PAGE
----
It's interesting that when pressed over the weekend by NBC's Tim Russert to note the key misstep from his 2004 presidential campaign, Sen. John Kerry singled out his decision to accept federal campaign funds, in part because the funds came with some stringent strings attached. Kerry now says those strings hindered his ability to battle the Republican attack machine. Specifically, Kerry noted that by having their convention so much earlier than Republicans, Democrats were forced to wage a longer campaign with fewer dollars. Back in 2004 the Kerry camp floated an unorthodox option to get around that problem but when the Beltway punditocracy got wind of the plan it went bat shit, ridiculing the Democrat relentlessly. Within days, Kerry, no doubt responding to the wildly hostile MSM reaction, quietly shelved the idea. It now sounds like he wished he had not.
You might recall that in May 2004, the Kerry camp suggested delaying, by a few weeks, officially accepting the Democratic nomination until after the party's July convention because once that nomination was received, federal law limited how much money Kerry could spend between the time of the nomination and the time of the general election. ($75 million.) The hitch was that the GOP, likely trying to play up the Sept. 11 themes of terrorism, had scheduled its New York City convention later than ever--into the first week of September--which meant that in terms of dollars and cents, the Democrats had to make their $75 million last 13 weeks while the Republicans had to stretch their $75 million over just 8 weeks; advantage Republicans.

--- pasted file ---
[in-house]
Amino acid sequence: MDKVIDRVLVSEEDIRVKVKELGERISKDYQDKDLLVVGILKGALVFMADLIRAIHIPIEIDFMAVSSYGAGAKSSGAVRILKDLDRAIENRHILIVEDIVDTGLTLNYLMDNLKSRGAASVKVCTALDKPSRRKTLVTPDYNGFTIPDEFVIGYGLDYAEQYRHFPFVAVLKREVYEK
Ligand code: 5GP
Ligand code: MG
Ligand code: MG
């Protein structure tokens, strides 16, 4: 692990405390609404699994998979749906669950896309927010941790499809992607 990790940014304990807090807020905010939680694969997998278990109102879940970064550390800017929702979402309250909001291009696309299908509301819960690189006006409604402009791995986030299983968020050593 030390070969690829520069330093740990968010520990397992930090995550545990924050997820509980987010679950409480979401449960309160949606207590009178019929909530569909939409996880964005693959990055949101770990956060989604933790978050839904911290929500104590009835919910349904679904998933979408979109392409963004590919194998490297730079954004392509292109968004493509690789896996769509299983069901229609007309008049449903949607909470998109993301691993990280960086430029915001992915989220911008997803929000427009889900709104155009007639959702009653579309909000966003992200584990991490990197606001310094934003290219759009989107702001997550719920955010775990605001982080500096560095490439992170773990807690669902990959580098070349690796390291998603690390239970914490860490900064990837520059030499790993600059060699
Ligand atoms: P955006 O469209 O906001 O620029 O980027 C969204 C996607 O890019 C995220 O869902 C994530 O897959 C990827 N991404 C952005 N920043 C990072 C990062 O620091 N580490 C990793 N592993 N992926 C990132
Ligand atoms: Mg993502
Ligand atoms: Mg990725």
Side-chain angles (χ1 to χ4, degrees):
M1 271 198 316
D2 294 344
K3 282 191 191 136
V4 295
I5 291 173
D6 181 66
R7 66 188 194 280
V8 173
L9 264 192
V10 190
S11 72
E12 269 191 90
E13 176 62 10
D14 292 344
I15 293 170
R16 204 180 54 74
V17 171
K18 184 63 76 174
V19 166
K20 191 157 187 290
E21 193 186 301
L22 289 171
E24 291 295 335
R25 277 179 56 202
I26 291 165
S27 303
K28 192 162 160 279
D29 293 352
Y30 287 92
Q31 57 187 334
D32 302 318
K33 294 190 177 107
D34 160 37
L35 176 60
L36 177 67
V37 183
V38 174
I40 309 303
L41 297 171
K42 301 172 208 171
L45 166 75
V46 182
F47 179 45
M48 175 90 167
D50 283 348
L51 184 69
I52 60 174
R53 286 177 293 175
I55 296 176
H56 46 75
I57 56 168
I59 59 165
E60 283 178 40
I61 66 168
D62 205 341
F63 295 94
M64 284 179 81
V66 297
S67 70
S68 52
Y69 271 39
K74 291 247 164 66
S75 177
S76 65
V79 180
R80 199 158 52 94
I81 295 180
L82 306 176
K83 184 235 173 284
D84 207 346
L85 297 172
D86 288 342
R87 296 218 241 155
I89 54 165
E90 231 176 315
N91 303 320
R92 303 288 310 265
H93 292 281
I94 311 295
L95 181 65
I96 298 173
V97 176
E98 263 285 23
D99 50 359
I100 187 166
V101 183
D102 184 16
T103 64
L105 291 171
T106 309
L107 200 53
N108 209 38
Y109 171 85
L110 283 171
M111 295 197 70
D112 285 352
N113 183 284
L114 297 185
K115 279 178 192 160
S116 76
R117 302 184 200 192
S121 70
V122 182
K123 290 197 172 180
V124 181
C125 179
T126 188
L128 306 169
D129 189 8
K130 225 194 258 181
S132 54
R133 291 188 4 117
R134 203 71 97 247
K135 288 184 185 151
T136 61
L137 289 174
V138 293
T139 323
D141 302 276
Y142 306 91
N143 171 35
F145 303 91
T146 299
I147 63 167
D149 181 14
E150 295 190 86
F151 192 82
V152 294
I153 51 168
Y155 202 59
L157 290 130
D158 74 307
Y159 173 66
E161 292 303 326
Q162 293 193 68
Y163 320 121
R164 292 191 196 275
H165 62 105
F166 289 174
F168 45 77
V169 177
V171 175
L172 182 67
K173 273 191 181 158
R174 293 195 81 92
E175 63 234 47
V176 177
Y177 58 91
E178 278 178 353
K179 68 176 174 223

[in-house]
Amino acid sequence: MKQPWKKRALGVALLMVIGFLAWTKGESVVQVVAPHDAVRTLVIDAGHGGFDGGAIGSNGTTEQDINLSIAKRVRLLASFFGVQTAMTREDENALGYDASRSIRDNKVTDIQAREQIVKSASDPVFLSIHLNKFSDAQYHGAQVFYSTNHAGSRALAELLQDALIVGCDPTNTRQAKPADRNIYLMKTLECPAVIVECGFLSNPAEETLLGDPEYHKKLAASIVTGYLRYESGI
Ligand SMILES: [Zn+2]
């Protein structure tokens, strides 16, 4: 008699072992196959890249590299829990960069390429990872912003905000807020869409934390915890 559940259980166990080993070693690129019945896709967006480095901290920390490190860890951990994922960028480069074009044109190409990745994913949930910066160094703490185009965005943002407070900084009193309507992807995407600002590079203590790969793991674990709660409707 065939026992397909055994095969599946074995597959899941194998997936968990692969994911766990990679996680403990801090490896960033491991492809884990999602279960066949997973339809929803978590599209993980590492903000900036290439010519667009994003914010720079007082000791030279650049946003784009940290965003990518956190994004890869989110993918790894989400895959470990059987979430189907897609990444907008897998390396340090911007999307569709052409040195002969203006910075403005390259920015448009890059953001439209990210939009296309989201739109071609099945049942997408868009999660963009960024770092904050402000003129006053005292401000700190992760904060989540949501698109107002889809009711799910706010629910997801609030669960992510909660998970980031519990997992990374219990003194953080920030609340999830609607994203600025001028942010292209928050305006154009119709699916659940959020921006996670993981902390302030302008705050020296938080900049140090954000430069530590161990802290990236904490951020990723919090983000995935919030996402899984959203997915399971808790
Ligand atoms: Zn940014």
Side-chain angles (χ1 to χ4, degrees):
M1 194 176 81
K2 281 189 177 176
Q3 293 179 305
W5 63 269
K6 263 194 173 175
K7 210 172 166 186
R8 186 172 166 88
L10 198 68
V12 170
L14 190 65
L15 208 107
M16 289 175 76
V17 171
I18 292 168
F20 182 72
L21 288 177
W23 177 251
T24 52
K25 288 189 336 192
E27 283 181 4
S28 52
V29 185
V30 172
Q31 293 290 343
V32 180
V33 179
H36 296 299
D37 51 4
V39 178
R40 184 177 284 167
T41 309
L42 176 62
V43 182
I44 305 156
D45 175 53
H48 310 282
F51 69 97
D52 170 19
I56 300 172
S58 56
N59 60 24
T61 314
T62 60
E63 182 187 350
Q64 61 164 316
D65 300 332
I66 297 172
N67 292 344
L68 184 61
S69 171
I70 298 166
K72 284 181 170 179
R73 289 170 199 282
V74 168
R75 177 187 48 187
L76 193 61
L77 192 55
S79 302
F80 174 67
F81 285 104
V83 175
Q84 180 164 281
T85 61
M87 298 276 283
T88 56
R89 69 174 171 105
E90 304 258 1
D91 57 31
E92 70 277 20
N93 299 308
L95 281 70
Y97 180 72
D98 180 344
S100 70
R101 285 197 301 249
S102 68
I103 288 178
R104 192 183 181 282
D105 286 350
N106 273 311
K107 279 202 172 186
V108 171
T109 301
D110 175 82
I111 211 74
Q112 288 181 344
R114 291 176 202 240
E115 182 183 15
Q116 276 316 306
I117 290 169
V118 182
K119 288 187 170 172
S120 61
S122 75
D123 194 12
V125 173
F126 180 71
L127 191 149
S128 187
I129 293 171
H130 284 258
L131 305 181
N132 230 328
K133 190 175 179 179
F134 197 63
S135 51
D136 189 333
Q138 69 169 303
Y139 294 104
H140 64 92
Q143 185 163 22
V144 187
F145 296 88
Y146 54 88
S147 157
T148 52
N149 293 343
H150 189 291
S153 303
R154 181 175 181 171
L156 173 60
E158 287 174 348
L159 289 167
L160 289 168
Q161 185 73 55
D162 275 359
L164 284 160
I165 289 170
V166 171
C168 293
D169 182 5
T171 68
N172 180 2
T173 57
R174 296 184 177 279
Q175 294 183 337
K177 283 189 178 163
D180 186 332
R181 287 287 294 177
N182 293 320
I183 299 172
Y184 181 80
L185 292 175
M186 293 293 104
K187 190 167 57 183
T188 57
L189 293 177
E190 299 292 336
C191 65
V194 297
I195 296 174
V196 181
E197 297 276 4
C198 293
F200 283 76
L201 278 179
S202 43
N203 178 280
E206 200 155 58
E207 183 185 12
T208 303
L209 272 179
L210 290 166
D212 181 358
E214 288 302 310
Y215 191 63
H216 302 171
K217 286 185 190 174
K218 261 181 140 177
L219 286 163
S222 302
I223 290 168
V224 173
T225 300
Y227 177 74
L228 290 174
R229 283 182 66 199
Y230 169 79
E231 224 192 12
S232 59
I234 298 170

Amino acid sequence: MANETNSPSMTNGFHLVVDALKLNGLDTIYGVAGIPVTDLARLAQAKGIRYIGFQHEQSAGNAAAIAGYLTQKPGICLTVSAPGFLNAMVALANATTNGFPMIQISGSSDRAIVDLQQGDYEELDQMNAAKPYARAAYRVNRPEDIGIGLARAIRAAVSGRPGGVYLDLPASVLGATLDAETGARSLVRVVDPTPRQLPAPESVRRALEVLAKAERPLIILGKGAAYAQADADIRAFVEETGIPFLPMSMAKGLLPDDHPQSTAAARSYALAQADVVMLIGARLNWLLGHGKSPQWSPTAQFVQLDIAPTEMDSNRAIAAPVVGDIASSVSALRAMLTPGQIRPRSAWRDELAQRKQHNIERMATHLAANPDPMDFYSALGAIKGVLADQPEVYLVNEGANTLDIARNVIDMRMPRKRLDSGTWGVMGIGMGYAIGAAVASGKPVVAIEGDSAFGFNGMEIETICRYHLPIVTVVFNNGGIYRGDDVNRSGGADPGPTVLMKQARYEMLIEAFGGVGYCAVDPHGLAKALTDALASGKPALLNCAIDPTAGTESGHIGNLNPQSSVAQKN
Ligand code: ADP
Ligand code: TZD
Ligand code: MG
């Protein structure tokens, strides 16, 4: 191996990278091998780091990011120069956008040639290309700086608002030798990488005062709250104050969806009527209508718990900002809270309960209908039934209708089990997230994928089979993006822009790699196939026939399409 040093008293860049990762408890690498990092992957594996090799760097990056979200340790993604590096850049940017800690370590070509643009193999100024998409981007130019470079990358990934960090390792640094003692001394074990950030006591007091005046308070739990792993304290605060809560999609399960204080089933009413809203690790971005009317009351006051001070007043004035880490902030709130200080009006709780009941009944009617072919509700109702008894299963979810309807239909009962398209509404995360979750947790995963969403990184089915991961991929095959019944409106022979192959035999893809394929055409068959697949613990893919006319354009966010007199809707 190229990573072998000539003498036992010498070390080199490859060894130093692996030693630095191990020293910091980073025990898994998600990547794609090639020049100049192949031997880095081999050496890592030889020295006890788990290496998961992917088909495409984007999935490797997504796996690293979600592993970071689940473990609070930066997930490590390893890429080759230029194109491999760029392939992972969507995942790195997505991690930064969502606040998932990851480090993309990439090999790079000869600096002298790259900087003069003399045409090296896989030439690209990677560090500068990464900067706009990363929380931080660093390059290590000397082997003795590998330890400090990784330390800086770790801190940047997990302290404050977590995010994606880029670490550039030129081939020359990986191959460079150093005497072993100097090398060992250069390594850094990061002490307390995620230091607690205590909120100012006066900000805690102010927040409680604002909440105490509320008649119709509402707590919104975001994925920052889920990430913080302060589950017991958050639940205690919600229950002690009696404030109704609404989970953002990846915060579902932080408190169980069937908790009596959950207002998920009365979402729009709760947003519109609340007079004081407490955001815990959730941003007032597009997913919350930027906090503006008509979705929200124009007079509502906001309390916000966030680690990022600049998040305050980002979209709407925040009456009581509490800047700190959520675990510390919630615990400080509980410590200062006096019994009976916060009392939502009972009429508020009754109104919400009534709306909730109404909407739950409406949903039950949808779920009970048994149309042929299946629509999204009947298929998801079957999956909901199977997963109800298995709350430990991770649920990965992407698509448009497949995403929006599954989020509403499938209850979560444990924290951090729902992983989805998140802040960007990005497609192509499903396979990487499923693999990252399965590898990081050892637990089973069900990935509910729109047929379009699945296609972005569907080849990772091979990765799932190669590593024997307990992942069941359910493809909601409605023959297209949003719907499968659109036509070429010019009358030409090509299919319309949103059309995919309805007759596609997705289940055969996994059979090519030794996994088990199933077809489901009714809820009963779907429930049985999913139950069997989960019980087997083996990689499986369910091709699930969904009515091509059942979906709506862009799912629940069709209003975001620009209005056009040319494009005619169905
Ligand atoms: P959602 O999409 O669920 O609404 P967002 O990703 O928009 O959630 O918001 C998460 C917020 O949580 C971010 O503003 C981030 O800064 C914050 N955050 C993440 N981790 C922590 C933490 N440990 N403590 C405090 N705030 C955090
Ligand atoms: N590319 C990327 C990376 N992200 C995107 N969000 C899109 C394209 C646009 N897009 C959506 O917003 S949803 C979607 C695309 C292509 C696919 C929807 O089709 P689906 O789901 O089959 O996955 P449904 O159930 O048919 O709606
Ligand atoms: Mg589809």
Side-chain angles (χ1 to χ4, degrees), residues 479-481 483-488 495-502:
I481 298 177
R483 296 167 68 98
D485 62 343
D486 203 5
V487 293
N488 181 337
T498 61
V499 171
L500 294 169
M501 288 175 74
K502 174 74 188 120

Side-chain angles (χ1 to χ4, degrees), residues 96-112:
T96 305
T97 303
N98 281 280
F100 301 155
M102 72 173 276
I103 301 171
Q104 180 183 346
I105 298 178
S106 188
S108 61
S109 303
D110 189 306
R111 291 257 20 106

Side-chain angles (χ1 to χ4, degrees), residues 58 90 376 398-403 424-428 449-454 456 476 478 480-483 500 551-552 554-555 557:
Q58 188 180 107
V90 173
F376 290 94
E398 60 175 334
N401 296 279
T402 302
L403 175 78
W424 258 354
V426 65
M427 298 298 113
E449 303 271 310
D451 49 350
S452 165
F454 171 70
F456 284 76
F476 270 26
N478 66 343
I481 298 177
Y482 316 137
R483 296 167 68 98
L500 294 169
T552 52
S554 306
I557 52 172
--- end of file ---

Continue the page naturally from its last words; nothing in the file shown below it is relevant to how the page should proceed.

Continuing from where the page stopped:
"We had the same pot of money. We had to harbor our resources in a different way and we didn't have the same freedom," Kerry told Russert. "I think the most important thing would have been to spend more money, if we could have, on the advertising and responding to some of the attacks."
The 'attacks' being the fictitious charges leveled by the Swift Boat Veterans for Truth that Kerry had faked his war wounds in Vietnam in order to win honors and an early ticket home; attacks the MSM amplified for weeks on end and put Kerry in the hole. As I note in my book, the Swifty attacks were nothing more than a charade--a hoax--yet they dominated the campaign press at a time when the Kerry camp was running on fumes, determined to save its war chest for the fall months.
In retrospect, the notion of delaying nomination in order to have more money on hand to respond to GOP attacks looks like a pretty smart one. But at the time, the pundits teed off on Kerry and his plan. It was "silly" "bordering almost on fraud" (Brit Hume), "ridiculous" (David Broder), a "dangerous move" (John Harwood), "the stupidst move that John Kerry could possibly make" (William Safire). The strategy, the pundits cried, "reeks of indecisiveness" (Houston Chronicle) and was a "farce" (Los Angeles Daily News). Here's how CBS's Bob Schieffer played the story: "When I heard that John Kerry may delay accepting his party's presidential nomination until a month or so after its convention in order to get around campaign laws and spend more on his campaign, my question was: Are these people nuts?"
Incredulous talking heads were certain the idea was a loser because it placed too much emphasis on campaign funds and because it looked like Kerry was trying to bend the campaign rules. That's all well and good. But where, during the month of August when the Swifties lobbed their fantastic tales (the confused vets could barely keep their shifting, 35-year-old stories straight), were Broder, Harwood, Hume, Safire, Schieffer and the Houston Chronicle and the Los Angeles Daily News? They all lectured Kerry about accepting the nomination in July and about playing by the existing campaign rules. But when the Swifties tore up the campaign rules, most journalists stood quietly by.
Democrats should take note.
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